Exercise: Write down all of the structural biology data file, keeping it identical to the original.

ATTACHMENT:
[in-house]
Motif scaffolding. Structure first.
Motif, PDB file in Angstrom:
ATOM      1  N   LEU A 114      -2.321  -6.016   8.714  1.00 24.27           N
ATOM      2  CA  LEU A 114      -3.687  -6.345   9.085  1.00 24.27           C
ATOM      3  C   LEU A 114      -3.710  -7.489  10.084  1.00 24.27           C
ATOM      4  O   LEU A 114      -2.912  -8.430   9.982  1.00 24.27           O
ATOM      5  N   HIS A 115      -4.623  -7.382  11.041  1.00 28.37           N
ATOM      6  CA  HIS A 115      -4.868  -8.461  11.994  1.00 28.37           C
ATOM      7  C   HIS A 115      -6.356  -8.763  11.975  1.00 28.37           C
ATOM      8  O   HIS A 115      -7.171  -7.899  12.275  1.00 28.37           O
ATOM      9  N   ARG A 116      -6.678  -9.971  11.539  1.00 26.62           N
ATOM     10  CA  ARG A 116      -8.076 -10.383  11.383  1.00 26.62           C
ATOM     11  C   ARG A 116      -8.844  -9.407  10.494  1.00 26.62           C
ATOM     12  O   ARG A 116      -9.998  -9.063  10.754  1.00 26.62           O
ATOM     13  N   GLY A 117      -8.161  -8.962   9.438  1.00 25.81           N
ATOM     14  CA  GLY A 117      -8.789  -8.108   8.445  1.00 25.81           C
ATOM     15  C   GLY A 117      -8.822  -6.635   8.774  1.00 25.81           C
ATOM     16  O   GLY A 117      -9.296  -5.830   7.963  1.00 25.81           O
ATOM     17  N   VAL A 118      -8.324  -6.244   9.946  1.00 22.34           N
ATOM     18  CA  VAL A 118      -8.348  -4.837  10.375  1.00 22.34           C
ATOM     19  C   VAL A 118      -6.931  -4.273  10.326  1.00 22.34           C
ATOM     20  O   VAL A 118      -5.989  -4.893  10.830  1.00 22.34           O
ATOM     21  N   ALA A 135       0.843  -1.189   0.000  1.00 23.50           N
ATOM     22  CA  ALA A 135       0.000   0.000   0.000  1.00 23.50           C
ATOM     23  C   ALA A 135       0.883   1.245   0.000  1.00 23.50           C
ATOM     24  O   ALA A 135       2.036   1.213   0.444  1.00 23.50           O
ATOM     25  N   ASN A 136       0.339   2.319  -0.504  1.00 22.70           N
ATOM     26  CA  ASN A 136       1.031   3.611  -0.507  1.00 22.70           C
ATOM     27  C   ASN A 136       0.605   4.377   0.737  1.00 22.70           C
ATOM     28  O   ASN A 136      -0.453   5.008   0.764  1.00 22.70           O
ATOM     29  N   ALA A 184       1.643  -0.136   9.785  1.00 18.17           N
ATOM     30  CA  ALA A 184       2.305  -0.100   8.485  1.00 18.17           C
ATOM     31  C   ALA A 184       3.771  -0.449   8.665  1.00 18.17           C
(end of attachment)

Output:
[in-house]
Motif scaffolding. Structure first.
Motif, PDB file in Angstrom:
ATOM      1  N   LEU A 114      -2.321  -6.016   8.714  1.00 24.27           N
ATOM      2  CA  LEU A 114      -3.687  -6.345   9.085  1.00 24.27           C
ATOM      3  C   LEU A 114      -3.710  -7.489  10.084  1.00 24.27           C
ATOM      4  O   LEU A 114      -2.912  -8.430   9.982  1.00 24.27           O
ATOM      5  N   HIS A 115      -4.623  -7.382  11.041  1.00 28.37           N
ATOM      6  CA  HIS A 115      -4.868  -8.461  11.994  1.00 28.37           C
ATOM      7  C   HIS A 115      -6.356  -8.763  11.975  1.00 28.37           C
ATOM      8  O   HIS A 115      -7.171  -7.899  12.275  1.00 28.37           O
ATOM      9  N   ARG A 116      -6.678  -9.971  11.539  1.00 26.62           N
ATOM     10  CA  ARG A 116      -8.076 -10.383  11.383  1.00 26.62           C
ATOM     11  C   ARG A 116      -8.844  -9.407  10.494  1.00 26.62           C
ATOM     12  O   ARG A 116      -9.998  -9.063  10.754  1.00 26.62           O
ATOM     13  N   GLY A 117      -8.161  -8.962   9.438  1.00 25.81           N
ATOM     14  CA  GLY A 117      -8.789  -8.108   8.445  1.00 25.81           C
ATOM     15  C   GLY A 117      -8.822  -6.635   8.774  1.00 25.81           C
ATOM     16  O   GLY A 117      -9.296  -5.830   7.963  1.00 25.81           O
ATOM     17  N   VAL A 118      -8.324  -6.244   9.946  1.00 22.34           N
ATOM     18  CA  VAL A 118      -8.348  -4.837  10.375  1.00 22.34           C
ATOM     19  C   VAL A 118      -6.931  -4.273  10.326  1.00 22.34           C
ATOM     20  O   VAL A 118      -5.989  -4.893  10.830  1.00 22.34           O
ATOM     21  N   ALA A 135       0.843  -1.189   0.000  1.00 23.50           N
ATOM     22  CA  ALA A 135       0.000   0.000   0.000  1.00 23.50           C
ATOM     23  C   ALA A 135       0.883   1.245   0.000  1.00 23.50           C
ATOM     24  O   ALA A 135       2.036   1.213   0.444  1.00 23.50           O
ATOM     25  N   ASN A 136       0.339   2.319  -0.504  1.00 22.70           N
ATOM     26  CA  ASN A 136       1.031   3.611  -0.507  1.00 22.70           C
ATOM     27  C   ASN A 136       0.605   4.377   0.737  1.00 22.70           C
ATOM     28  O   ASN A 136      -0.453   5.008   0.764  1.00 22.70           O
ATOM     29  N   ALA A 184       1.643  -0.136   9.785  1.00 18.17           N
ATOM     30  CA  ALA A 184       2.305  -0.100   8.485  1.00 18.17           C
ATOM     31  C   ALA A 184       3.771  -0.449   8.665  1.00 18.17           C